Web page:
Can Ecological Economics achieve burgeoning sustainability for local fishing communities in Ireland?
It is now fashionable to try and understand economics from an ecological perspective. Ecological economics sees commerce as a sub set of the ecological system where man made assets need to be balanced by natural living assets.
Economic and Ecological resources
The global ecological system provides all the resources available to the economic system. Take fossil fuels as an example. They were all laid down by biological processes many years ago. Understand the significance of this and it is easier to appreciate our dependency on the natural world. Our food our water and climate all depend on a healthy biodiverse ecological systems that evolved over thousands and millions of years. Our economic system ultimately depends on the same healthy ecosystem.
Pollution ecological and economic consequences
An article in the Marine Times ( Nov., Strong Reaction to Report of eutrophication in Irish Waters, November) illustrated how local eco systems can be negatively affected by economic systems. Hypoxia and Anoxia, the result of pollution, create dead zones for natural life. When such zones prevent the natural environment from assimilating or recycling the waste products of economic activity (pollution) there is a net destruction of valuable natural living assets. As a consequence both ecological and economic value reduces.
Human capital in balance with natural capital
Ecological economics demands that man made capital tied up in banks and modern economies is balanced with the natural living assets provided for by the ecological system. Those within the fishing industry know this intuitively but generally in society decisions are made to gratify commercial needs which to often overlook the needs of ecosystems. Biodiversity and natural living assets are the natural capital and fabric of healthy ecosystems and therefore a healthy economic system.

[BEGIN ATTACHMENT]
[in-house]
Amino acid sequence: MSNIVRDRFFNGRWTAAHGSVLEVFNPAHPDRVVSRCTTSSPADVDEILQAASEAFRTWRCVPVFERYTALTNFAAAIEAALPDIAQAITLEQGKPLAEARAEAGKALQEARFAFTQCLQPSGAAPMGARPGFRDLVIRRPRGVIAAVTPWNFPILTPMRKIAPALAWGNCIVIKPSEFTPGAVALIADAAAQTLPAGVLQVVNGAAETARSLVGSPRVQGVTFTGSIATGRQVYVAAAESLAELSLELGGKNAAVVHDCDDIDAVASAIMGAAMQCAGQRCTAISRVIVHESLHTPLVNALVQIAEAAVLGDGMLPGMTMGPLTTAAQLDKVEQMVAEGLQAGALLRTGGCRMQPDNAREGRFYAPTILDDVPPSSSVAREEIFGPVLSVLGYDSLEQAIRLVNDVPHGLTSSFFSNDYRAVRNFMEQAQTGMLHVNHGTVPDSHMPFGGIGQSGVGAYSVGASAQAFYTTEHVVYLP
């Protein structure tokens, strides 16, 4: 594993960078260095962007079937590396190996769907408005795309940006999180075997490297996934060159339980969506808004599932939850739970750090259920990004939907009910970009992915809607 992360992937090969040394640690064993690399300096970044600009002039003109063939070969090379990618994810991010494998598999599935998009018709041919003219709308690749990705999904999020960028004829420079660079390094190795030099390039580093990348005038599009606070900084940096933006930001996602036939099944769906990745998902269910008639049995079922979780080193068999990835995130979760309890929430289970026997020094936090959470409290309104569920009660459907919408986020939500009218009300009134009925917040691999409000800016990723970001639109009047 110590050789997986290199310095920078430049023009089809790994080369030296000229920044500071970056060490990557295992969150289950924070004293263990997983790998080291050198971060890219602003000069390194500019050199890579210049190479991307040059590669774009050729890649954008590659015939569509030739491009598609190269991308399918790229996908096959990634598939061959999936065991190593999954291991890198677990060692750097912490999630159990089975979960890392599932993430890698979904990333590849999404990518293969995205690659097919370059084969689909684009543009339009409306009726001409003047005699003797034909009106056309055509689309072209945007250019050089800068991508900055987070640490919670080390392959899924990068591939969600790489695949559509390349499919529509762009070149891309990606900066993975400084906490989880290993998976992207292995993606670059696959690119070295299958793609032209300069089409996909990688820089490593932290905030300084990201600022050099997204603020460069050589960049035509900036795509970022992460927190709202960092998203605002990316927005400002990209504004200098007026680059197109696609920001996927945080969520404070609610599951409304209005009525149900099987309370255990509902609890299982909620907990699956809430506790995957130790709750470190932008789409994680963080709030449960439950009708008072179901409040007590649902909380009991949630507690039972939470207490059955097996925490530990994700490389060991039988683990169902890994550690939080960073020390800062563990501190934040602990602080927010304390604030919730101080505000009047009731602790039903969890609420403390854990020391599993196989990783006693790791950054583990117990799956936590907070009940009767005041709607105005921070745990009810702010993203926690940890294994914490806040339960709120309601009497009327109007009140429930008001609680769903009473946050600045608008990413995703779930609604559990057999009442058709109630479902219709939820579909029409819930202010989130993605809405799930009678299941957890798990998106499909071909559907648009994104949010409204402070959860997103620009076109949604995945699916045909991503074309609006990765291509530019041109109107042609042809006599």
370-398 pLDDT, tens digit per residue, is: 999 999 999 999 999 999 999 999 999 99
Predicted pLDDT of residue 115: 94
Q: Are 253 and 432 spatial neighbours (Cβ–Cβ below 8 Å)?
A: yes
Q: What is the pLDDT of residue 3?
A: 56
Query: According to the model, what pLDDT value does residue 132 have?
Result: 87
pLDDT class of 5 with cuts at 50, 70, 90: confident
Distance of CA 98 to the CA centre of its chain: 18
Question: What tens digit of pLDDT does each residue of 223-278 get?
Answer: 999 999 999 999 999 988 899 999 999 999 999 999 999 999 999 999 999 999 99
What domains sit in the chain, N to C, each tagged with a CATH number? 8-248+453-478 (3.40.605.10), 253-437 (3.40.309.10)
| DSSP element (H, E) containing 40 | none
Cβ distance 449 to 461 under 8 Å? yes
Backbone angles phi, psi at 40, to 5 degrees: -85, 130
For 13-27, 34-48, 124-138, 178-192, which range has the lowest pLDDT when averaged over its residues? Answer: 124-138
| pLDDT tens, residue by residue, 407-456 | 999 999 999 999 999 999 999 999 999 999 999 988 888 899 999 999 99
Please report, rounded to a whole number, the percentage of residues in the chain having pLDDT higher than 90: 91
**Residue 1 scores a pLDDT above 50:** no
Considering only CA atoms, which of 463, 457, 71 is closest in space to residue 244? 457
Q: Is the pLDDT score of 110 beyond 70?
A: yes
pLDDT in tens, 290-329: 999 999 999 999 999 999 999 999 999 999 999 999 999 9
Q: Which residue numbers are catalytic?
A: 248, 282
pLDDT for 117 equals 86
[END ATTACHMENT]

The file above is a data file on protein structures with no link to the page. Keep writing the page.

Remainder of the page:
Can ecological Economics provide a solution to discards?
No one likes to see valuable fish being discarded. It is a waste of a natural living asset. It has been suggested that all discards should be marketed. Focusing on taking everything from fishing zones needs to be carefully examined to determine the risk to biodiversity. Ecosystems need to flourish and produce the value added species, eg Cod, Bass, Salmon Pollock Mackerel Herring, Lobster, Plaice, Turbot, Monkfish to name a few. The improvements in technology and innovation that facilitate selective catching will contribute to better ecological economics. There is however a risk that marketing total by-catch could lead to industrial fishing that would undermine ecological economics and biodiversity.
The opportunity exists, despite a recession, to urgently ensure that sensible decisions are taken to create sustainability of natural living assets such as abundant future fish stocks. If these assets disappear then the very economic system that they support will also disappear, possibly for ever but certainly until nature adjusts.
As was indicated in the November and December issues of this paper there is opportunity now if initiative, imagination and I would add hope, come together. Fishermen need to be assured that there is a future for them and their families. Alternative, non fishing jobs also require natural resources to be viable. Good common sense decision making which embraces a general sense of environmental stewardship and ecological economics is the only sustainable way forward.
Imagination, Innovation, Initiative and support
The demise of the Irish fishing industry is often blamed on the EU, CFP, Eurocratic decision making and lack of a fair sense of equity. There have been many articles on the lack of Irish Government support including recent cuts by BIM as discussed in this newspaper. What can Ireland’s industry do to gain a greater share of the natural living asset in her surrounding seas? The answer is to solve the problem of sustainability and to ensure that the value of the future is protected. Then Ireland needs to win the arguments at a European level and benefit from greater allocation of quota as a reward for building up greater future value and biodiverse fish stocks.
Ecological Economics for the future
If Ireland invests in developing fisheries sustainably then she deserves to have a greater equitable share of the stocks around her seas. Each member of the fishing community has a responsibility to build a better future by enhancing future value of their own natural living assets. The local coastal communities need support to achieve these aims and if we collectively succeed in achieving sustainability that then we can look towards a better future in a modern world where ecological economics is the norm.
Natural Living Assets
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